With the American economy continuing to sputter, lawmakers from both parties are not shying away from offering their ideas on how to boost hiring and address the issue consistently rated as the most important by the public.
Naturally, Republicans and conservative Democrats continue to call for more tax cuts as the answer to the country’s economic woes. A familiar refrain from many “pro-business” lawmakers and commentators is a proposal to slash the corporate tax rate in the United States. The GOP chairman of the House Ways and Means Committee suggested a ten percent cut in the top rate the federal government seeks from corporations, shrinking the rate to a globally-low 25 percent.
But this begs the question; what difference will a ten percent cut in America’s corporate tax rate make if the country’s top corporations are already paying zero federal taxes?
It’s a story the was first reported by the New York Times: General Electric, the nation’s largest corporation and whose CEO was recently named as a top economic advisor to President Obama, paid nary a cent in taxes to the U.S. government in 2010 despite raking in $14.2 billion in profits for what turned out to be an incredible year for the corporate giant.
Of GE’s massive returns in fiscal year 2010, $5.1 billion were reportedly attributed to the company’s operations in the United States. Again, no taxes were paid on these earnings. In fact, GE received over $3 billion in tax credits from the government.
General Electric is able to avoid writing checks to the IRS thanks to an “aggressive strategy” to move most of its profits offshore — avoiding US regulations entirely — and engaging in what the New York Times calls ” innovative accounting.” And it’s a trend shared by many of America’s largest and most profitable corporations.
General Electric, the nation’s largest corporation, had a very good year in 2010.
The company reported worldwide profits of $14.2 billion, and said $5.1 billion of the total came from its operations in the United States.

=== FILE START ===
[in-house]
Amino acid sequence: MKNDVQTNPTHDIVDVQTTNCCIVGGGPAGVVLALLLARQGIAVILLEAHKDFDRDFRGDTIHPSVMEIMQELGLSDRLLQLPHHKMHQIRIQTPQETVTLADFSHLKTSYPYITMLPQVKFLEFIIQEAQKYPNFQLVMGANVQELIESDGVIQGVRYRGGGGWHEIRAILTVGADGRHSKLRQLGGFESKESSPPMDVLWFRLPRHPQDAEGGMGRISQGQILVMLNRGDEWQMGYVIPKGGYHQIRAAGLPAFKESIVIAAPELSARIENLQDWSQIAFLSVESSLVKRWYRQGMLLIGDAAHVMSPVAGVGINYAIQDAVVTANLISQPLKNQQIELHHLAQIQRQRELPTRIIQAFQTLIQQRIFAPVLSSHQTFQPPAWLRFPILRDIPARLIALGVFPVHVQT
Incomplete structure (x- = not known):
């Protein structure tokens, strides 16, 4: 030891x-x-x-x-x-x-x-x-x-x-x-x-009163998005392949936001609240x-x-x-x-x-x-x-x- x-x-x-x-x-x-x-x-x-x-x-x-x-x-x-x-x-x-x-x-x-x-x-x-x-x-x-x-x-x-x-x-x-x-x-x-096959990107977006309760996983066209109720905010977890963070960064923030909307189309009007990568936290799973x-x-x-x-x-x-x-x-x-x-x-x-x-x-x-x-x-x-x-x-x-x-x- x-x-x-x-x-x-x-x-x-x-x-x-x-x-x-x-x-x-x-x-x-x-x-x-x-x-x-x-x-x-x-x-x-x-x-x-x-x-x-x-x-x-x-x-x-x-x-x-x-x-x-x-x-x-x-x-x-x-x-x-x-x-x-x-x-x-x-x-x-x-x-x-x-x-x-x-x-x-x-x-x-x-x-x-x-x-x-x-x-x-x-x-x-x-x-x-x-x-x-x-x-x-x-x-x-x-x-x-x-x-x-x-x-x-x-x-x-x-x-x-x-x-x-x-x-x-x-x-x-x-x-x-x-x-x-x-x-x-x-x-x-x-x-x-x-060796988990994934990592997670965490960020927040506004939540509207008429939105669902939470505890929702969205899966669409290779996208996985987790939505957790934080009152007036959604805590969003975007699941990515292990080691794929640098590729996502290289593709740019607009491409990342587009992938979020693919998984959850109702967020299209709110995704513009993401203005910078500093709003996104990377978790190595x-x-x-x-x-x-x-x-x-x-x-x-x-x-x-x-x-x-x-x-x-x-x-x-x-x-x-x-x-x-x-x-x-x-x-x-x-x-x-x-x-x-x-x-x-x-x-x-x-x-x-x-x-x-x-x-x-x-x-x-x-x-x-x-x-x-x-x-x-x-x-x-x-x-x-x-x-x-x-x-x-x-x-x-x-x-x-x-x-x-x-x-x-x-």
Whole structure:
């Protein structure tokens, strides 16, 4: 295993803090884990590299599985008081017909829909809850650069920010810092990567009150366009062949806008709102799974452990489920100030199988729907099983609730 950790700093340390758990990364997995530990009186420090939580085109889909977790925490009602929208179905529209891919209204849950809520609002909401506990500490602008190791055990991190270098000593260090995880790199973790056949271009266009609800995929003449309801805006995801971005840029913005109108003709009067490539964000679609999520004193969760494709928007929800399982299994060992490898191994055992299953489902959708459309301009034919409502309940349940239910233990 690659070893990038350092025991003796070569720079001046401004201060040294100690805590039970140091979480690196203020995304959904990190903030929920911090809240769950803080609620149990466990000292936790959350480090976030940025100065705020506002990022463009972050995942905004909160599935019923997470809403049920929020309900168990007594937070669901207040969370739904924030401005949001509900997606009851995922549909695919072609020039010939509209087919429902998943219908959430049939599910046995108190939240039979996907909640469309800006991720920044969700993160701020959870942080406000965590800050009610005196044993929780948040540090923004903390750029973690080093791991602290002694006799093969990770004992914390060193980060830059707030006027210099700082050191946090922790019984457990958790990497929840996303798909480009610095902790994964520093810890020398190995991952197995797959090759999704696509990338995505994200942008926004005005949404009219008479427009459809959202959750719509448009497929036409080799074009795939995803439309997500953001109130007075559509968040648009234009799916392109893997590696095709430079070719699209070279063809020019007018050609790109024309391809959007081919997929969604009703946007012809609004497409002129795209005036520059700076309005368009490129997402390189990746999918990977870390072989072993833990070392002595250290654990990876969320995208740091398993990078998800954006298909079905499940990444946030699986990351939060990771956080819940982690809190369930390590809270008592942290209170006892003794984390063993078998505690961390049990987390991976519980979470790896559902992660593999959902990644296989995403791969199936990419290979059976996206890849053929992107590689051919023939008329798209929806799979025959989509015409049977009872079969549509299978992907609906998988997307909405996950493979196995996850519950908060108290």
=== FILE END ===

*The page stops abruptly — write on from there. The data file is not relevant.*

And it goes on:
Its American tax bill? None. In fact, G.E. claimed a tax benefit of $3.2 billion.
That may be hard to fathom for the millions of American business owners and households now preparing their own returns, but low taxes are nothing new for G.E. The company has been cutting the percentage of its American profits paid to the Internal Revenue Service for years, resulting in a far lower rate than at most multinational companies.
Its extraordinary success is based on an aggressive strategy that mixes fierce lobbying for tax breaks and innovative accounting that enables it to concentrate its profits offshore. G.E.’s giant tax department, led by a bow-tied former Treasury official named John Samuels, is often referred to as the world’s best tax law firm. Indeed, the company’s slogan “Imagination at Work” fits this department well. The team includes former officials not just from the Treasury, but also from the I.R.S. and virtually all the tax-writing committees in Congress.
While General Electric is one of the most skilled at reducing its tax burden, many other companies have become better at this as well. Although the top corporate tax rate in the United States is 35 percent, one of the highest in the world, companies have been increasingly using a maze of shelters, tax credits and subsidies to pay far less.
In a regulatory filing just a week before the Japanese disaster put a spotlight on the company’s nuclear reactor business, G.E. reported that its tax burden was 7.4 percent of its American profits, about a third of the average reported by other American multinationals. Even those figures are overstated, because they include taxes that will be paid only if the company brings its overseas profits back to the United States. With those profits still offshore, G.E. is effectively getting money back.
Such strategies, as well as changes in tax laws that encouraged some businesses and professionals to file as individuals, have pushed down the corporate share of the nation’s tax receipts — from 30 percent of all federal revenue in the mid-1950s to 6.6 percent in 2009.
With GE and other companies easily keeping profits earned at home and abroad in tax-free offshore accounts, the belief that simply a lower corporate tax rate in the US would convince these companies to bring those profits back to America — and pay the taxes that would result — is hard to comprehend.
GE is not alone among huge American companies paying literally nothing in taxes. While Tax Day is greeted with dread by ordinary Americans, these corporations have nothing to worry about…
- Bank of America paid zero federal income taxes in 2010 and even received a tax break of a billion dollars — not to mention the tens of billions in bailout money they received from the government after the financial meltdown ion 2008. BofA says their non-existent tax bill was because of their poor fiscal performance last year, but critics point to numerous offshore tax havens where the banking giant sent their global profits.
- Exxon-Mobil, the world’s second-largest company, paid nothing in taxes to the United States government for fiscal year 2009. Despite record profits that led to $15 billion in taxes paid to other countries, Exxon-Mobil managed to avoid paying taxes on its operations in America thanks to creative offshore accounts that house most of its profits.